Why now is not a good time to operate all cargo airplanes

It's becoming more difficult for all cargo airplanes -or freighters -- to make money.  Photo: Your blogger.

It’s becoming more difficult for all cargo airplanes -or freighters — to make money. Photo: Your blogger.

Airlines are having a difficult time filling space on their all-cargo jets, according to a recent report in the Sydney Morning Herald.

What’s the problem?

There a couple of things, according to reporter Matt O’Sullivan. One is that the goods, such as electronics, that we love to buy are no longer manufactured in just handful of places. Instead, there are now manufacturing centers across China and Southeast Asia. If airlines want to carry the goods on freighters, they have to send their planes to cities they never would have considered a decade ago. That can work, but it’s expensive to do.

”Before, we could just sit here in Hong Kong and the trucks just came over the border from the Pearl River Delta – that was the factory of the world. It is still the factory of the world but there are now other factories of the world,” Cathay Pacific cargo director James Woodrow told the newspaper. That can mean sending freighters to Bangladesh, Vietnam and Cambodia.

The other problem? There’s an imbalance in supply and demand. All-cargo jets aren’t the only types of planes that can transport goods. Any widebody airplane can haul cargo between continents, as I noted last year in a story on how airlines transport fresh produce from L.A. to Europe and Asia. 

O’Sullivan notes that Middle Eastern and Asian carriers have been adding to their widebody passenger fleets. And while those airlines are mostly in the passenger business, cargo helps them eek out a little extra profit.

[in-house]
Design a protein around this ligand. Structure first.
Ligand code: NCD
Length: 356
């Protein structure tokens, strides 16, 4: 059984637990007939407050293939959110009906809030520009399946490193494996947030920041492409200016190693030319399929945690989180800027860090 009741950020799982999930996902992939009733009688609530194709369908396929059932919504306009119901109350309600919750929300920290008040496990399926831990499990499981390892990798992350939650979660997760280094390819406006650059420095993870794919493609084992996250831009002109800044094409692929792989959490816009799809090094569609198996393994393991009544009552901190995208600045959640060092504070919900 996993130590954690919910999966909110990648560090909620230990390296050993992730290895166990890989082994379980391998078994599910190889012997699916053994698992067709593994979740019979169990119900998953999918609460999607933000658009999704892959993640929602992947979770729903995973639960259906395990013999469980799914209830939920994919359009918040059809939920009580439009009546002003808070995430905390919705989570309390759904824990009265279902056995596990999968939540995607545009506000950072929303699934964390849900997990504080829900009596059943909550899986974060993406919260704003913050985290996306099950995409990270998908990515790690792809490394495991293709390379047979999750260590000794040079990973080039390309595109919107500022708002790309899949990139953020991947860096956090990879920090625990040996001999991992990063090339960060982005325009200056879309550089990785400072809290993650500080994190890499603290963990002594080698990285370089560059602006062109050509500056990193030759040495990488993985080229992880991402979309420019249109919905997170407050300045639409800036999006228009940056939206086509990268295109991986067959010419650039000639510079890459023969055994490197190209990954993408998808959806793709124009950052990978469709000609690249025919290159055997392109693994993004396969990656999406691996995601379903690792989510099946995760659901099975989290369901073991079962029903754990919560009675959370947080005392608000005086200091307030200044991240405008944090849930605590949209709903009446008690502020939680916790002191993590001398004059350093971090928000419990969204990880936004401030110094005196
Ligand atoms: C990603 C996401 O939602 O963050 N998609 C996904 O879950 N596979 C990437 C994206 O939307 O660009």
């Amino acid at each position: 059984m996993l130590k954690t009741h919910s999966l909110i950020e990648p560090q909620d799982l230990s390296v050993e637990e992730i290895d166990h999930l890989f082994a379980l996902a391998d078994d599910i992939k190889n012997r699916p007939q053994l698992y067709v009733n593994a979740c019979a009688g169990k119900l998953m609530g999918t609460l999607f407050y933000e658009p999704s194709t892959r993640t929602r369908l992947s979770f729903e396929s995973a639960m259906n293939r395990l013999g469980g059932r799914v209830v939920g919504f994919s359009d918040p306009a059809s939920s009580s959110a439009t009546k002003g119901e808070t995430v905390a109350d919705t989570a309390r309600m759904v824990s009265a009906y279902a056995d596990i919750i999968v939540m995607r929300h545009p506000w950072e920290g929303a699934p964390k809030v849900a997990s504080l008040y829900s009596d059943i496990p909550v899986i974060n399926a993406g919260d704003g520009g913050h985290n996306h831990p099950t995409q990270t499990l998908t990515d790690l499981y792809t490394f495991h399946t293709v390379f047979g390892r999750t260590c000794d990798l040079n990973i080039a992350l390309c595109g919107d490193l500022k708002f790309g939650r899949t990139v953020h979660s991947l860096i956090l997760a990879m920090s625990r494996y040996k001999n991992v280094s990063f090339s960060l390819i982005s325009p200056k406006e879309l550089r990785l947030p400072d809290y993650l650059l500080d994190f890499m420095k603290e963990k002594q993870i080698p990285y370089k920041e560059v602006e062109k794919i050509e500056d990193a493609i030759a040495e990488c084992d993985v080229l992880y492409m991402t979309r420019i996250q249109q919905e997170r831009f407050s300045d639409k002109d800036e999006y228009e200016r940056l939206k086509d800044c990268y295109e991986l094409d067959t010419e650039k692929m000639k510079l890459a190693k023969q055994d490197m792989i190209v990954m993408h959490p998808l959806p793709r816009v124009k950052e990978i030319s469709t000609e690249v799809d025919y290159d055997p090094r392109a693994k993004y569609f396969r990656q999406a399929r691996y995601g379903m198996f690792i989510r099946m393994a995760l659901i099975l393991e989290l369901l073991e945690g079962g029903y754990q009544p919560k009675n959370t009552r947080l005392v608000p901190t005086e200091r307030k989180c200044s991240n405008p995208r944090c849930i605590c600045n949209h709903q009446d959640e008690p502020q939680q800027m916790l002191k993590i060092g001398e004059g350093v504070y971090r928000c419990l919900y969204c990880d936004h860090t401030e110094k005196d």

“The cheapest way to carry cargo is in the belly of passenger jets whose objective is to get their valuable human cargo to their destinations,” O’Sullivan writes. “Freight in the belly of a passenger plane is icing on the cake for an airline, often making the difference between it making money on a flight or not.”

These market changes have led Cathay Pacific and Singapore Airlines to park some of their planes, according to the story. “Singapore Airlines has four 747-400 jumbos parked at Victorville,” O’Sullivan writes.

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  • Mark

    I always thought it was a bit of a coup that you’d see a cargo plane come in while plane spotting. It wasn’t with regularity you’d see them unless you were at a larger airport at certain times of the day. I remember asking my father when he came home each day how things went at work (at United – LAXFF) back when frieghters were still coming through. Always interesting things being shipped back in the day…days long gone sadly.

  • Brian Sumers

    Mark — Yes, indeed. We do see a fair number of freighters at LAX today, but I think they’re gone from many airports. I confess to not knowing much about the cargo business before I took this job. But what airlines have to do to make sure the planes do not tip over while on the ground is pretty impressive. Who knew?

  • Charlie Victor

    Most interesting things I’ve seen on the cargo ramps at LAX: Exotic (sometimes not available to buy in the US) cars, horses and other livestock, jet engines, and satellites/rockets.